A CFD Approach to Quantifying the Hemodynamic Forces in <br />Giant Cerebral Aneurysms<br />Anna Hoppe, Brian Walsh Depart...
3D CFD simulation of intracranial aneurysm
3D CFD simulation of intracranial aneurysm
3D CFD simulation of intracranial aneurysm
3D CFD simulation of intracranial aneurysm
3D CFD simulation of intracranial aneurysm
3D CFD simulation of intracranial aneurysm
3D CFD simulation of intracranial aneurysm
3D CFD simulation of intracranial aneurysm
3D CFD simulation of intracranial aneurysm
3D CFD simulation of intracranial aneurysm
3D CFD simulation of intracranial aneurysm
3D CFD simulation of intracranial aneurysm
3D CFD simulation of intracranial aneurysm
3D CFD simulation of intracranial aneurysm
3D CFD simulation of intracranial aneurysm
3D CFD simulation of intracranial aneurysm
3D CFD simulation of intracranial aneurysm
3D CFD simulation of intracranial aneurysm
3D CFD simulation of intracranial aneurysm
3D CFD simulation of intracranial aneurysm
3D CFD simulation of intracranial aneurysm
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3D CFD simulation of intracranial aneurysm

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3D CFD simulation of intracranial aneurysm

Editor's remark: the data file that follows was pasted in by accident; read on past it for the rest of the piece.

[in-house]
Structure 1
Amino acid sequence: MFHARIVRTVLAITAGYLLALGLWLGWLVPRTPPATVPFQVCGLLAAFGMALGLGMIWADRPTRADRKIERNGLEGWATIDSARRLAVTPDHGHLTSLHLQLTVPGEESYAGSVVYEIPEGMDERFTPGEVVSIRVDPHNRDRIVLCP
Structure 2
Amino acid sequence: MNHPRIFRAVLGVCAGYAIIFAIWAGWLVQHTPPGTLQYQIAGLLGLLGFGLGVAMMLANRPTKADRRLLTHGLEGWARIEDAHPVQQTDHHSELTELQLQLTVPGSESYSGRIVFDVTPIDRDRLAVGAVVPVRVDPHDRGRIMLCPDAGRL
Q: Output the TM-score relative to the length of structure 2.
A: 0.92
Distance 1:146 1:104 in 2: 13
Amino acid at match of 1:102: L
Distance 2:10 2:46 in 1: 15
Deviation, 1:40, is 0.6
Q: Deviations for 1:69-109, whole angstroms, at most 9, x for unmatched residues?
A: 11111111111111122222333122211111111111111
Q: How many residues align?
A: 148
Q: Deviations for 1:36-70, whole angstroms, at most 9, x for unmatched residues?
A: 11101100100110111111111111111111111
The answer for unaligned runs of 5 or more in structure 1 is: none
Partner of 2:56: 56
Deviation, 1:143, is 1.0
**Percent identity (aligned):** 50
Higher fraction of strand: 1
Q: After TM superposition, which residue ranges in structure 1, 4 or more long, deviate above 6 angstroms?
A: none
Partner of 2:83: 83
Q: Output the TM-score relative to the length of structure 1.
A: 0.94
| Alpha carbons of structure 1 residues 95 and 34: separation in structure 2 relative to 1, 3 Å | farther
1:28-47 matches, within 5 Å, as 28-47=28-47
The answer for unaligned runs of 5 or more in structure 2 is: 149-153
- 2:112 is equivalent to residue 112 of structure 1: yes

1. 1. A CFD Approach to Quantifying the Hemodynamic Forces in <br />Giant Cerebral Aneurysms<br />Anna Hoppe, Brian Walsh Department of Biomedical Engineering, University of Iowa, Iowa City, IA<br />Dr. Ching-Long Lin<br />Department of Mechanical Engineering, University of Iowa, Iowa City, IA<br />Abstract:<br />Background and Purpose: The therapeutic treatment options available for patients presenting with giant (> 25 mm in diameter) basilar aneurysms are limited. However, a method commonly performed by neurosurgeons on patients presenting with such a condition is proximal feeding artery occlusion. It is hoped that by blocking a proximal feeding artery, the resultant hemodynamic forces within the aneurysm sac will decreased, as will the likelihood of subarachnoid hemorrhage. However, there is no quantitative validation that this method actually decreases the resulting hemodynamic forces and, thus, represents a viable treatment option for patients with giant intracranial aneurysms. Therefore, this CFD simulation was developed in an effort to assess the effect that proximal feeding artery occlusion has on the hemodynamic conditions within an aneurysm. This simulation was designed to be similar to one performed by Jou et. al.4<br />Methodology: A CFD approach was used to calculate the velocity field, wall shear stress, and pressure distribution for a model of a giant intracranial aneurysm located in the Circle of Willis. This model was generated from data obtained from a patient-specific MR image and was subsequently meshed in Gambit. The velocity fields, wall shear stress, and pressure distributions were determined both before and after simulated occlusion of each inlet artery (three in total) in Fluent. Additionally, this geometry was modified using Magics software to create a healthy aneurysm geometry from which baseline (or control) velocity, wall shear stress, and pressure distributions were determined.<br />Results and Conclusion: The velocity field, wall shear stress, and pressure distributions were determined for each of the five cases. It was inconclusive whether or not blocking a proximal feeding artery represented a viable therapeutic treatment for patients presenting with giant intracranial aneurysms. Specifically, it was found that there was a strong geometry dependence on blood flow patterns within an aneurysm; therefore, it is likely that sacrificing a proximal feeding artery only succeeds in mitigating hemodynamic forces in limited, patient-specific cases. Additional numerical simulations using data from long-term follow-up studies are required in order to determine if changes in vascular anatomy can be correlated to calculated hemodynamic forces in the same vascular region. A similar conclusion was drawn by Jou and colleagues.4<br />Introduction:<br />Intracranial cerebral aneurysms are localized dilatations within the neurological vasculature. There are many types of aneurysms; however, the most common aneurysm in the cerebral vasculature is the saccular aneurysm. This type of aneurysm is asymmetric and possesses a relatively spherical shape that protrudes from the parent vessel. Saccular aneurysms have a prevalence between 2% - 6.5%.3 The most common location for these aneurysms in the human body is the anterior communicating artery; in fact, 25-38% of intracranial aneurysms occur at this site.7 While many such aneurysms present no symptoms and allow the patient to live a normal healthy life, giant cerebral aneurysms (> 25 mm in diameter) have numerous symptoms including: headaches, nausea, and even blindness (if the aneurysm grows large enough to put pressure on the optic nerve).7<br />Rupture of intracranial aneurysms is rare (approximately 0.1% per year), however when rupture occurs the effects can be catastrophic.5 As it turns out, approximately fifty percent of subarachnoid hemorrhages result in death, while the other fifty percent generally result in severe disability.6 Furthermore, giant cerebral aneurysms often cause degeneration of the extracellular matrix, as well as the degeneration of intimal and medial endothelial cells.7 In turn, this can lead to the death of smooth muscle cells and result in the thinning of the blood vessel wall, which increases the risk of rupture for this type of aneurysm.7 <br />The Circle of Willis is a particularly important structure in the cerebral vasculature because it is a “fail safe”, ensuring a constant flow of blood to the brain. More specifically, it has a circular geometry with numerous redundancies so that, in the event of an occlusion, blood can be redirected to the areas that would otherwise suffer from decreased circulation and damage due to lack of blood flow.2 However, these redundancies lead to more complex flow patterns as there is increased blood flow recirculation.2 <br />The hemodynamics of the human circulatory system is an active research area. In recent years computational fluid dynamics, or CFD, has become a powerful tool, aiding researchers in their understanding of the complex fluid mechanics of the human circulatory system.2 CFD analysis is also being used in combination with various imaging modalities (such as MR imaging).2 In addition, MRI and ultrasound images can be used to obtain quantitative data which can be used as validation for experimental CFD simulations. <br />In healthy neurological vasculature, flow velocities range from 0.10 m/s or less (observed in some parts of the Basilar artery) to almost 1 m/s (observed in parts of the middle cerebral artery).2  In contrast, physiologically normal wall shear stresses can vary from approximately 2 Pa (in the internal carotid artery) to approximately 20 Pa (in the middle cerebral and anterior cerebral arteries).3  In addition, research has shown that in areas of vessel bifurcation and curvature, hemodynamic flow characteristics (such as wall shear stress) become more exaggerated and are characterized by higher maximum and lower minimum values.1  <br />Many CFD and experimental studies have been performed in an attempt to better quantify the hemodynamics of intracranial aneurysms. These studies have shown various characteristic flow patterns for cerebral aneurysms, ranging from simple and steady to patterns which have a high degree of turbulence.2 These studies have also shown that the flow patterns that develop within an aneurysm are heavily influenced by its specific geometry.2 However, geometry is not the only factor influencing these flow patterns. The inflow and outflow characteristics can also have a significant effect on the resulting blood flow.2 For example, when parent vessels flow directly into an aneurysm they can be classified as inflow jets.2 Blood flow through these jets becomes turbulent at a Reynolds number of approximately 600, as opposed to a Reynolds number of 2300 (which is characteristic of transitional flow, flow becomes fully turbulent at a Reynolds number of 4000).2 These inflow jets can also cause localized areas of high wall shear stress, which can lead to increased risk of aneurysm rupture.2<br />There are several treatment options for patients presenting with small intracranial aneurysms. The most invasive therapeutic technique is a neurosurgical clip.3 This technique is characterized by the neurosurgeon cutting the diseased vessel out and inserting a graft.3 Another common treatment modality is a coil embolization technique and requires neurosurgeons to fill the aneurysm with embolization coils. Usually composed of platinum, these coils slow entering blood to the point at which natural blood clotting is induced.3 In contrast, one of the only treatment options for patients presenting with giant intracranial aneurysms is proximal artery occlusion. This particular method is characterized by the occlusion of a proximal feeding artery. It is hoped that by blocking a proximal feeding artery, the resultant hemodynamic forces within the aneurysm sac will decreased, as will the likelihood of subarachnoid hemorrhage. However, there is no quantitative validation that this method actually decreases the resulting hemodynamic forces and, thus, represents a viable treatment option for patients with giant intracranial aneurysms. Therefore, this experimental CFD simulation was developed in an effort to assess the effect that proximal feeding artery occlusion has on the hemodynamic conditions within an aneurysm. This simulation was designed to be similar to one performed by Jou et. al.4<br />Materials and Methods: <br />In order to perform the experimental CFD simulation an MRI scan was obtained of a patient possessing an intracranial aneurysm (located in the Circle of Willis), courtesy of Dr. Raghavan. More specifically, the obtained MRI image data was in the .STL file format. The .STL file was subsequently meshed using Gambit to create a volumetric mesh. The software Magics (courtesy of Dr. Lin) was then used to cut each inlet, particularly to ensure each was normal to the direction of flow. This was done to minimize turbulence at the entrance of the aneurysm. The modified inlet and outlet vessels are shown as Figure A1 in the Appendix. Magics was also used to “clip” the aneurysm off of the associated vasculature to recreate a healthy artery geometry. This healthy geometry was later used as a control for the CFD simulation. Then, after the mesh was created, it was loaded into Fluent for evaluation and analysis. Figure A2 in the Appendix shows a schematic of the diseased geometry mesh.<br />In order to obtain acceptable simulation results that converged, a few assumptions had to be made. First, it was assumed that the aneurysm had rigid walls. In human physiology, artery walls are actually elastic.2 However, aneurysms have less elastin than healthy blood vessels, which results in aneurysm walls that are approximately twice as stiff as a normal blood vessels.4 Therefore, this assumption is valid for aneurysm models. Second, the blood in this study was assumed to be a Newtonian Fluid (or the blood’s stress and strain rate were assumed to be proportional). As it turns out, this assumption is acceptable for most regions within the human circulatory system (except for regions where the blood is characterized by a small strain rate).2 Studies have shown that the assumption of a Newtonian fluid in large arteries is valid.2 Therefore, blood was modeled as a Newtonian fluid in this simulation, possessing a density of 1.056 g/cc and a viscosity of .0035 poise.2 <br />Once the mesh was loaded into Fluent and the fluid properties had been created each of the three inlets were set to velocity inlets and given an inlet velocity of 0.6 m/s, or the average velocity observed during systole.1 Using this particular velocity value was chosen because it will yield the greatest hemodynamic forces within the aneurysm, which have the most clinical significance.1 Subsequently, five individual cases were run: a case employing the diseased geometry with no proximal feeding arteries occluded, three cases of the diseased geometry with each of the three proximal feeding arteries occluded, and the healthy geometry control case with no feeding arteries occluded. <br />A transient time, k-omega model was used because the calculated theoretical Reynolds number was 7241(see Equation 3 and the associated computations in the Appendix). In order to keep this CFD simulation as similar to the study done by Jou and colleages (which inspired this project), a SIMPLE scheme was used.4 Additionally the momentum, turbulent kinetic energy, and specific dissipation rate were set to be solved using second order upwind schemes.4 Pressure was left as the default of standard and gradient was set to least-cells-square-based.4<br />Results:<br />Subsequent to obtaining the geometry of the intracranial saccular aneurysm from Professor Raghavan, a healthy artery geometry was created by taking the obtained geometry and cutting out the diseased aneurysm sac in order to recreate the natural artery physiology. This was done using Professor Lin’s Magics Software. For a control simulation, using a physiologically normal artery geometry from the same location (the cerebral Circle of Willis) obtained from MR imaging of a healthy patient would have been preferred. However, such data was not available and could not be obtained. Nevertheless, great care was taken in finding and smoothing (or completely eliminating) any hard edges that were generated as a result of the geometry modifications performed in Magics. <br />Next, the healthy geometry was loaded into Gambit, where any remaining hard edges were removed, and the geometry was meshed. The healthy artery mesh was then imported to Fluent where a CFD simulation was run until solution convergence was reached (the specifics regarding the Fluent settings used during this simulation are discussed in the Methodology section). Because a control simulation was needed in order to establish baseline velocity vector, wall shear stress, and pressure magnitudes in a healthy artery, no proximal feeding arteries were blocked in this simulation (additionally, blocking proximal feeding arteries in a physiologically normal environment possesses no clinical significance). Subsequently, the velocity vector magnitudes were obtained by loading the case and data files generated from this particular simulation into the software Tecplot and viewing the velocity vectors as projected onto a y-plane cutting through the middle of the healthy artery geometry. The resulting velocity vector distribution is shown as Figure 1(in cm/s).<br />Figure 1: The velocity vectors associated with the CFD simulation run on the healthy artery with no proximal feeding arteries blocked.<br />Then the case and data files obtained from the healthy artery simulation were re-loaded into Fluent. The contours of wall shear stress were plotted. This was done because the wall shear stress distribution within a vessel has clinical significance, as it is linked to the progression of atherosclerosis and aneurysm disease development.2 The corresponding wall shear stress contours are shown as Figure 2.<br />Figure 2: The wall shear stress distribution associated with the CFD simulation run on the healthy artery with no proximal feeding arteries blocked.<br />Finally, the pressure contours were plotted for the healthy aneurysm simulation. Like the distribution of wall shear stress, the pressure distribution within a vessel has important diagnostic ramifications; particularly, it is linked to aneurysm growth and development.2 <br />Figure 3: The pressure distribution associated with the CFD simulation run on the healthy artery with no proximal feeding arteries blocked.<br />Next the geometry of the intracranial saccular aneurysm (or the diseased geometry) was loaded into Gambit where it was meshed. The cerebral aneurysm mesh was then imported to Fluent where a CFD simulation was run until solution convergence was reached (the specifics regarding the Fluent settings used during this simulation are discussed in the Methodology section). This was done because another control simulation was needed in order to establish velocity vector, wall shear stress, and pressure magnitudes in a diseased artery manifesting a saccular aneurysm; because of this, no proximal feeding arteries were blocked in this simulation. Then, as done with the healthy artery simulation, the velocity vector magnitudes specific to this simulation were obtained by loading the corresponding case and data files into the software Tecplot and viewing the velocity vectors as projected onto a y-plane cutting through the middle of the diseased artery geometry. The resulting velocity vector distribution (throughout the entire diseased geometry) is shown as Figure 4 (in cm/s).<br /> <br />Figure 4: The velocity vectors associated with the CFD simulation run on the same artery possessing a saccular aneurysm with no proximal feeding arteries blocked.<br />Subsequently the case and data files were reloaded into Fluent and the contours of wall shear stress were plotted. The resulting wall shear stress distribution is shown as Figure 5.<br />Figure 5: The wall shear stress distribution associated with the CFD simulation run on the same artery possessing a saccular aneurysm with no proximal feeding arteries blocked.<br />Also the pressure contours, specific to the diseased artery geometry with no blocked proximal feeding arteries, was plotted in Fluent. The corresponding pressure contours are shown as Figure 6.<br />Figure 6: The pressure distribution associated with the CFD simulation run on the same artery possessing a saccular aneurysm with no proximal feeding arteries blocked.<br />In an effort to provide quantitative validation for proximal artery occlusion as a therapeutic treatment for patients presenting with giant cerebral aneurysms, each feeding artery of the diseased geometry was blocked in succession and the resulting velocity vector, wall shear stress, and pressure magnitudes were determined. This particular set of experimental simulations was modeled after a similar experiment performed by Jou and colleagues.4 More specifically, in this study the large proximal feeding artery was blocked first. <br />Similar to the healthy and unoccluded diseased simulations, the velocity vector magnitudes for this particular simulation (occluded large inlet) were obtained by loading the corresponding case and data files into the software Tecplot and viewing the velocity vectors as projected onto a y-plane cutting through the middle of the occluded diseased artery geometry. The resulting velocity vector distribution is shown as Figure 7 (in cm/s).<br />Figure 7: The velocity vectors associated with the CFD simulation run on the same artery possessing a saccular aneurysm with the large proximal feeding artery blocked.<br />Subsequently the case and data files, associated with the simulation in which the large feeding artery was occluded, were reloaded into Fluent and the contours of wall shear stress were plotted. The resulting wall shear stress distribution is shown as Figure 8.<br />Figure 8: The wall shear stress distribution associated with the CFD simulation run on the same artery possessing a saccular aneurysm with the large proximal feeding artery blocked.<br />Also the pressure contours, specific to the diseased artery geometry possessing an occlusion in the large proximal feeding artery, was plotted in Fluent. The corresponding pressure contours are shown as Figure 9.<br />Figure 9: The pressure distribution associated with the CFD simulation run on the same artery possessing a saccular aneurysm with the large proximal feeding artery blocked.<br />After running the case corresponding to the simulated occlusion of the large proximal feeding artery, the medium proximal feeding artery was occluded. Again, the velocity vector magnitudes for this particular simulation (occluded medium inlet) were obtained by loading the corresponding case and data files into the software Tecplot and viewing the velocity vectors as projected onto a y-plane cutting through the middle of the occluded diseased artery geometry. The resulting velocity vector distribution is shown as Figure 10 (in cm/s).<br />Figure 10: The velocity vectors associated with the CFD simulation run on the same artery possessing a saccular aneurysm with the medium proximal feeding artery blocked.<br />Next the case and data files, associated with the simulation in which the medium feeding artery was occluded, were reloaded into Fluent and the contours of wall shear stress were plotted. The resulting wall shear stress distribution is shown as Figure 11.<br />Figure 11: The wall shear stress distribution associated with the CFD simulation run on the same artery possessing a saccular aneurysm with the medium proximal feeding artery blocked.<br />Also the pressure contours, specific to the diseased artery geometry possessing an occlusion in the medium proximal feeding artery, was plotted in Fluent. The corresponding pressure contours are shown as Figure 12.<br />Figure 12: The pressure distribution associated with the CFD simulation run on the same artery possessing a saccular aneurysm with the medium proximal feeding artery blocked.<br />After running the case corresponding to the simulated occlusion of the medium proximal feeding artery, the small proximal feeding artery was occluded. Again, the velocity vector magnitudes for this particular simulation (occluded small inlet) were obtained by loading the corresponding case and data files into the software Tecplot and viewing the velocity vectors as projected onto a y-plane cutting through the middle of the occluded diseased artery geometry. The resulting velocity vector distribution is shown as Figure 13 (in cm/s).<br />Figure 13: The velocity vectors associated with the CFD simulation run on the same artery possessing a saccular aneurysm with the small proximal feeding artery blocked.<br />Next the case and data files, associated with the simulation in which the small feeding artery was occluded, were reloaded into Fluent and the contours of wall shear stress were plotted. The resulting wall shear stress distribution is shown as Figure 14.<br />Figure 14: The wall shear stress distribution associated with the CFD simulation run on the same artery possessing a saccular aneurysm with the small proximal feeding artery blocked.<br />Also the pressure contours, specific to the diseased artery geometry possessing an occlusion in the small proximal feeding artery, was plotted in Fluent. The corresponding pressure contours are shown as Figure 15.<br />Figure 15: The pressure distribution associated with the CFD simulation run on the same artery possessing a saccular aneurysm with the small proximal feeding artery blocked.<br />Figure 16 depicts the velocity and pressure magnitude results obtained by Jou and Colleagues.4 In Figure 16 (A), note the highly asymmetric flow secondary to the near occlusion of the lower right proximal feeding artery. Also note the large region of slow, recirculating flow in the aneurysm sac. In Figure 16 (B), note that the pressure distribution throughout the entire diseased geometry has no regions of pronounced pressure increases. More specifically, there is a smooth decrease from the inlet to outlet vessels.<br />Figure 16 (A): The calculated velocity field (in m/s) obtained by Jou and colleagues in a similar experimental simulation.4 <br />Figure 16 (B): The calculated pressure distribution (ranging from 0 to 150 Pa) obtained by Jou and colleagues in a similar experimental simulation.4 <br />Similarly, Figure 17 depicts the wall shear stress results obtained by Jou and Colleagues.4 In this Figure note the low wall shear stress calculated in the lumen of the aneurysm sac (blue region). Regions of increased wall shear stress are calculated in curved or branching regions of the diseased geometry used by Jou et. al. (green and yellow regions).<br />Figure 17: The calculated wall shear stress distribution (ranging from 0 to 5 Pa) obtained by Jou and colleagues in a similar experimental simulation.4 <br />Conclusions:<br />The purpose of this set of experimental CFD simulations was to quantify the validity of using the method of proximal feeding artery occlusion as a therapeutic treatment for patients presenting with giant cerebral aneurysms. Currently neurosurgeons employ the method of proximal artery occlusion because existing treatment modalities remain insufficient for giant intracranial aneurysms. The hope is that by blocking an aneurysm’s feeding artery the hemodynamic forces within the aneurysm sac will be lessened and the probability of subarachnoid hemorrhaging will be mitigated. However, there is no quantitative data to support this belief (aside from the data obtained by Jou and colleagues2). In addition, this study was performed in order to determine if the results from a similar set of CFD simulations, run by Jou and colleagues, could be replicated.4 <br />In order to simplify this study (particularly to limit the computation time and complexity), several assumptions were made. First, the arterial wall was assumed to be rigid. This assumption results in an overestimation of wall shear stress, which is only significant at peak systole.2 However since an aneurysm is approximately twice as stiff as normal vessels, due to a lack of elastin, employing the rigid wall assumption for these experimental models is valid.4 Second, the blood in this study was assumed to be a Newtonian Fluid (or the blood’s stress and strain rate were assumed to be proportional). As it turns out, this assumption is acceptable for most regions within the human circulatory system (except for regions where the blood is characterized by a small strain rate).4 Studies have shown that the assumption of a Newtonian fluid in large arteries is valid.4 Additional research regarding the strain rate of blood within large aneurysms, where recirculation is common, must be completed to wholly determine the appropriateness of this assumption for this study. However, in light of having no research invalidating this assumption, it was deemed acceptable in both this study and that performed by Jou et. al.4 Additionally this study assumed steady, rather than pulsatile, flow. Because the inlet velocities were set as the velocity characteristic of peak systole, all of the hemodynamic forces studied (velocity, wall shear stress, and pressure) were computed as their maximum value within the cardiac cycle.4 These maximum values possess the most clinical significance.4 Finally, it should be mentioned that since the diseased aneurysm geometry used in this experimental CFD simulation was located in the cerebral Circle of Willis, it possesses no clear inlet and outlet vessels in human physiology. However, the geometry used in this study was under the complete discretion of Professor Raghavan; it was his best judgment that the inlet and outlet vessels (specified previously for this study) were sufficient. <br />As evidenced by Figure 4, increased velocity was calculated as exiting from the small distal outlet artery in the diseased model geometry possessing no proximal artery occlusions. This corresponds to a similar trend seen by Jou et. al. and depicted in Figure 16 (A). In Jou’s study, increased velocity was observed in both small distal outlet vessels; however, the velocity magnitudes were, approximately, a factor of ten larger than those observed in this study. The most probable explanation for this discrepancy is the fact that two completely different aneurysm geometries were used in the two studies. From the continuity equation, given as Equation 1 in the Appendix, it can be seen that velocity is related to geometry. Therefore, such a discrepancy is not only likely; rather, it is expected. Nevertheless, it follows from the continuity equation (Equation 1 of the Appendix) that as the lumen diameter of a vessel decreases, the associated velocity within that vessel will increase. Thus, the observance of high velocity in the small, distal outlet vessel is warranted. Employing similar logic, the observance of slow, recirculating blood in the aneurysm sac is also expected. This particular phenomenon is also seen in Figure 16 (A), the velocity field calculated by Jou and colleagues. As before, the velocity magnitudes in this region, as calculated by Jou’s team, were approximately a factor of ten larger than those observed in this study. Again, the most likely explanation for this discrepancy is the multitude of differences existing between the model geometries used for each study. <br />Comparing Figures 7, 10, and 13 it can be seen that regardless of which proximal feeding artery is blocked the velocity distribution pattern remains largely unchanged. More specifically, a large region of recirculating blood flow is evident within the aneurysm sac in all of the cases; in addition, a high velocity region is present in the small, distal outlet artery in all cases. Also when the large proximal feeding artery is blocked, the largest velocity magnitude observed in the aneurysm sac is 56% slower than that observed in the unoccluded diseased case. Similarly, when the medium proximal feeding artery is blocked, the largest velocity magnitude observed in the aneurysm sac is 36% slower than that observed in the unoccluded diseased case. In contrast, when the small proximal feeding artery is blocked, the largest velocity magnitude observed in the aneurysm sac is only 10% slower than that observed in the unoccluded diseased case. In contrast, in the healthy artery geometry no regions of extremely slow recirculating flow are seen (shown in Figure 1) as they are observed in the diseased cases. Nevertheless, relatively high velocity magnitudes do still exit the small distal outlet vessel, similar to all of the previously discussed cases. Therefore it can be concluded that, considering velocity distribution alone, blocking the large proximal feeding artery has the most promise as an effective treatment modality for patients presenting with large intracranial aneurysms as it results in the largest decrease in velocity within the aneurysm sac. Blocking the medium feeding artery shows some promise as a possible therapeutic treatment; however, blocking the small feeding artery appears to do little in reducing the hemodynamic velocity and thus, shows little promise as an effective treatment modality. Still, the pressure and wall shear stress distributions need to be analyzed in order to determine which proximal feeding artery (if any) should be blocked. It should also be mentioned that a trade-off exists with respect to velocity. Certainly, reducing the velocity (and, ultimately, the resulting hemodynamic forces) is desired; however blood has a tendency to clot when moving slowly, which leads to thrombus formation. These thrombi may then embolize to distal sites (such as a foot) which can lead to ischemic conditions (or a lack of oxygen). Such conditions possess negative clinical implications.2<br />As evidenced by Figure 5, the diseased model geometry possessing no proximal artery occlusions has a wall shear stress distribution (within the aneurysm sac) between 0 – 4.39 Pa. When the small proximal feeding artery was occluded, the wall shear stress distribution decreased to between 0 – 3.66 Pa (a decrease of approximately 16.6%), as shown in Figure 8. Similarly, when the medium proximal feeding artery was occluded, the wall shear stress distribution decreased to between 0 – 2.06 Pa (a decrease of approximately 53.1%), as shown as Figure 11. Additionally, when the large proximal feeding artery was occluded, the wall shear stress distribution decreased even more to between 0 – 1.14 Pa (a decrease of approximately 74.0%), as shown as Figure 14. It should also be noted that the wall shear stress distribution of the healthy artery geometry is between 0 – 7.09 Pa, as depicted by Figure 2. Therefore, blocking the small proximal feeding artery appears to have little effect on the wall shear stress distribution within the aneurysm sac. In contrast, blocking both the medium and large feeding arteries result in clinically significant decreases in wall shear stress within the aneurysm sac. However, the implications of reduced wall shear stress on the probability of subarachnoid hemorrhaging are unknown.2 Initially, it was believed by researchers that regions of high wall shear stress resulted in atypical vessel wall weakening and the corresponding outward ballooning of the wall.2 Now, this concept has been disputed.2 According to Jou et. al., high wall shear stresses within an aneurysm sac result in damage to the associated endothelial cell lining.4 Thus, low wall shear stress is a preferred characteristic of an effective treatment modality. Using this particular criterion, blocking either a medium or large proximal feeding artery possesses the most promise as an effective treatment modality for patients presenting with giant intracranial aneurysms (blocking the large proximal feeding artery shows the most promise). <br />Additionally, it should be noted that the uniform wall shear stress distributions shown in Figures 8, 11, 14 differ from the wall shear stress distribution calculated by Jou and colleagues as shown in Figure 17.4 This wall shear stress distribution is relatively non-uniform, with regions of high wall shear stress near curved or bifurcated regions in the model geometry. The reason for this discrepancy is most likely due to the geometry differences between the model geometries used in each simulation. This is because wall shear stress is proportional to velocity and velocity is highly dependent upon geometry.2<br />As evidenced by Figure 6, the diseased model geometry possessing no proximal artery occlusions has a uniform pressure distribution (within the aneurysm sac) of approximately 959 Pa. When the small proximal feeding artery was occluded, the pressure distribution decreased to between 202 – 927 Pa (a decrease of approximately 3.3%), as shown in Figure 9. Similarly, when the medium proximal feeding artery was occluded, the pressure distribution decreased to between -7.71 – 233 Pa (a decrease of approximately 75.7%), as shown as Figure 12. Additionally, when the large proximal feeding artery was occluded, the pressure distribution decreased even more to between -5.23 – 116 Pa (a decrease of approximately 87.9%), as shown as Figure 15. Therefore, blocking the small proximal feeding artery appears to have little effect on the pressure distribution within the aneurysm sac. In contrast, blocking either the medium or large feeding arteries result in clinically significant decreases in the pressure distribution within the aneurysm sac. Jou and colleagues found that the pressure distribution in the case of the occluded proximal feeding artery was also relatively uniform, as depicted in Figure 16 (B). A small region of increased pressure was seen along one aneurysm wall at the impinging site. However, it is not clear in Jou’s published results if a general increase in pressure distribution is seen when the proximal feeding artery is occluded, as no results from a baseline, or from an unoccluded diseased model, are presented or discussed.4 It should also be noted that as evidenced from the range in pressure magnitudes calculated by Jou et al and given in Figure 16 (B), the pressure magnitudes calculated for each simulated case in this study are approximately several hundred Pascals higher than those calculated by Jou and colleagues.4 The most probable explanation for this discrepancy is because of the differences that exist between the geometries used for each study. Through the Bernoulli equation (given as Equation 2 in the Appendix), pressure is indirectly coupled to geometry. In fact, at the bulged cross-section of the aneurysm pressure will increase due to the Bernoulli effect (as a result of an associated velocity decrease).2 This particular phenomenon is observed in this experimental simulation. More specifically, the pressure difference within the aneurysm sac associated with the healthy geometry model is approximately 866 Pa. In contrast, the pressure distribution within the aneurysm sac of the diseased model geometry possessing no proximal artery occlusions is approximately 959 Pa, which is a 9.7% pressure increase.<br />Based on the presented findings, it is inconclusive whether or not blocking a proximal feeding artery represents a viable therapeutic treatment for patients presenting with giant intracranial aneurysms. Because of the high dependence of geometry on blood flow patterns within an aneurysm, it is likely that sacrificing a proximal feeding artery only succeeds in mitigating hemodynamic forces in limited, patient-specific cases. However, qualifying this statement would require additional numerical simulations employing data from long-term follow-up studies in which changes in vascular anatomy could be correlated with calculated hemodynamic forces in the same vascular region. It should be noted that a similar conclusion was reached by Jou et. al.4 In addition, as with the simulation performed by Jou and Colleagues, this study laid the groundwork for predicting the role hemodynamic forces play in aneurysm growth. Additionally, this study laid groundwork needed to determine the quantitative effect of interventional procedures taken on feeding arteries by neurosurgeons in order to prevent subarachnoid hemorrhaging.<br />Recommendations for future experiments in this research area include: First, run additional numerical simulations using data from long-term follow-up studies in order to determine if changes in vascular anatomy can be correlated to calculated hemodynamic forces in the same vascular region. Second, include the effect of pulsatile flow in the new numerical simulation in an effort to more closely mimic the actual human circulatory system and third, use a geometrical model with clearly defined inlet and outlet vessels. Most importantly a variety of aneurysm geometries should be used as computational models in new simulations to ascertain the scope of proximal artery occlusion as a therapeutic treatment for patients presenting with giant intracranial aneurysms.<br />Appendix<br />Figure A1: Schematic of the diseased model geometry used in this experimental simulation, with velocity inlet and outflow outlet arteries specified (the healthy model geometry possessed the same number of nodes on each inlet and outlet artery)<br />Figure A2: Schematic of the diseased model geometry mesh used in this experimental simulation <br />A1V1= A2V2<br />Equation 1: The Continuity Equation, as specified by Chandran et. al. in the textbook, Biofluid Mechanics: The Human Circulation2<br />p+ρV22+ρgz=H<br />Equation 2: The Bernoulli Equation, as specified by Chandran et. al. in the textbook, Biofluid Mechanics: The Human Circulation2<br />Re=ρVdμ=1.056gcm3.6ms(.004 cm).0035 Poise≈7241<br />Equation 3: Reynolds Number Equation (and computations) as specified by Chandran et. al. in the textbook, Biofluid Mechanics: The Human Circulation2<br />Works Cited<br />[1] Cebral JR, Putman CM, Alley MT, et al. Hemodynamics in Normal Cerebral Arteries: <br />Qualitative Comparison of 4D Phase-Contrast Magnetic Resonance and Image-Based Computational Fluid Dynamics. J Eng Math. 2009;64:367-378.<br />[2] Chandran, K.B. et al. (2006). Biofluid Mechanics: The Human Circulation. CRC. Print.<br />[3] Chien A, Castro MA, Tateshima S, et al. Quantitative Hemodynamic Analysis of Brain <br />Aneurysms at Different Locations. Am J Neuroradiol. 2009;30:1507-1512.<br />[4] Jou, L., et al. Computational Approach to Quantifying Hemodynamic Forces in <br />Giant Cerebral Aneurysms. Am J Neuroradiol. 2003;24:1804-1810.<br />[5] Lall RR, Eddleman CS, Bendok BR, et al. Unruptured Intracranial Aneurysms and the <br />Assessment of Rupture Risk Based on Anatomical and Morphological Factors: Sifting Through the Sands of Data. Neurosurg Focus. 2009;26:E2.<br />[6] Lysack JT, Coakley A. Asymptomatic Unruptured Intracranial Aneurysms: Approach to <br />Screening and Treatment. Can Fam Physician. 2008;54:1535-1538.<br />[7] Park JH, Park SK, Kim TH, et al. Anterior Communicating Artery Aneurysm Related to <br />Visual Symptoms. J Korean Neurosurg Soc. 2009;46:232-238.<br />